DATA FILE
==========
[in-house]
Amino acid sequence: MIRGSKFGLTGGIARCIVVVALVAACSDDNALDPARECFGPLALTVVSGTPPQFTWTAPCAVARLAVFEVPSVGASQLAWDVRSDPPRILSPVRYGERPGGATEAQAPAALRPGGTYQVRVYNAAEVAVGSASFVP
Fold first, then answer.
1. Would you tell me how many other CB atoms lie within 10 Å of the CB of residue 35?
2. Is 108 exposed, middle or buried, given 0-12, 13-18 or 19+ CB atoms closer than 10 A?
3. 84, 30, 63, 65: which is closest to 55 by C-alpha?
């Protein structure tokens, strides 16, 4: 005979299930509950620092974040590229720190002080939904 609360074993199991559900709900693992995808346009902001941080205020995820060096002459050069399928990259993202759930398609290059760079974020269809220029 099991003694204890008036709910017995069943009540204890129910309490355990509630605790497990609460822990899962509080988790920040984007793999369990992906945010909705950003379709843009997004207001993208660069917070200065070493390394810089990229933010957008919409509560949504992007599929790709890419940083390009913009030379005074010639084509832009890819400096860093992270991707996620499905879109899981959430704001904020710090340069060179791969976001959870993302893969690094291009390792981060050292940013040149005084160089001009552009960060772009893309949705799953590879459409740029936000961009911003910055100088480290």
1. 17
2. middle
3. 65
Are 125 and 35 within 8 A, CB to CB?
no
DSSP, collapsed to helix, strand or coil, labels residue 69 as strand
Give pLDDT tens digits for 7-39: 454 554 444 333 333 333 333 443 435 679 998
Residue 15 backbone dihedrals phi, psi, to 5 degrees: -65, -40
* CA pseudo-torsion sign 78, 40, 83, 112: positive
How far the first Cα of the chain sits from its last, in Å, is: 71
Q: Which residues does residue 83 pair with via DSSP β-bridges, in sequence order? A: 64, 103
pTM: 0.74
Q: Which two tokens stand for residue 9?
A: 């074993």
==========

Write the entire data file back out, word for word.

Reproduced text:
[in-house]
Amino acid sequence: MIRGSKFGLTGGIARCIVVVALVAACSDDNALDPARECFGPLALTVVSGTPPQFTWTAPCAVARLAVFEVPSVGASQLAWDVRSDPPRILSPVRYGERPGGATEAQAPAALRPGGTYQVRVYNAAEVAVGSASFVP
Fold first, then answer.
1. Would you tell me how many other CB atoms lie within 10 Å of the CB of residue 35?
2. Is 108 exposed, middle or buried, given 0-12, 13-18 or 19+ CB atoms closer than 10 A?
3. 84, 30, 63, 65: which is closest to 55 by C-alpha?
């Protein structure tokens, strides 16, 4: 005979299930509950620092974040590229720190002080939904 609360074993199991559900709900693992995808346009902001941080205020995820060096002459050069399928990259993202759930398609290059760079974020269809220029 099991003694204890008036709910017995069943009540204890129910309490355990509630605790497990609460822990899962509080988790920040984007793999369990992906945010909705950003379709843009997004207001993208660069917070200065070493390394810089990229933010957008919409509560949504992007599929790709890419940083390009913009030379005074010639084509832009890819400096860093992270991707996620499905879109899981959430704001904020710090340069060179791969976001959870993302893969690094291009390792981060050292940013040149005084160089001009552009960060772009893309949705799953590879459409740029936000961009911003910055100088480290």
1. 17
2. middle
3. 65
Are 125 and 35 within 8 A, CB to CB?
no
DSSP, collapsed to helix, strand or coil, labels residue 69 as strand
Give pLDDT tens digits for 7-39: 454 554 444 333 333 333 333 443 435 679 998
Residue 15 backbone dihedrals phi, psi, to 5 degrees: -65, -40
* CA pseudo-torsion sign 78, 40, 83, 112: positive
How far the first Cα of the chain sits from its last, in Å, is: 71
Q: Which residues does residue 83 pair with via DSSP β-bridges, in sequence order? A: 64, 103
pTM: 0.74
Q: Which two tokens stand for residue 9?
A: 């074993």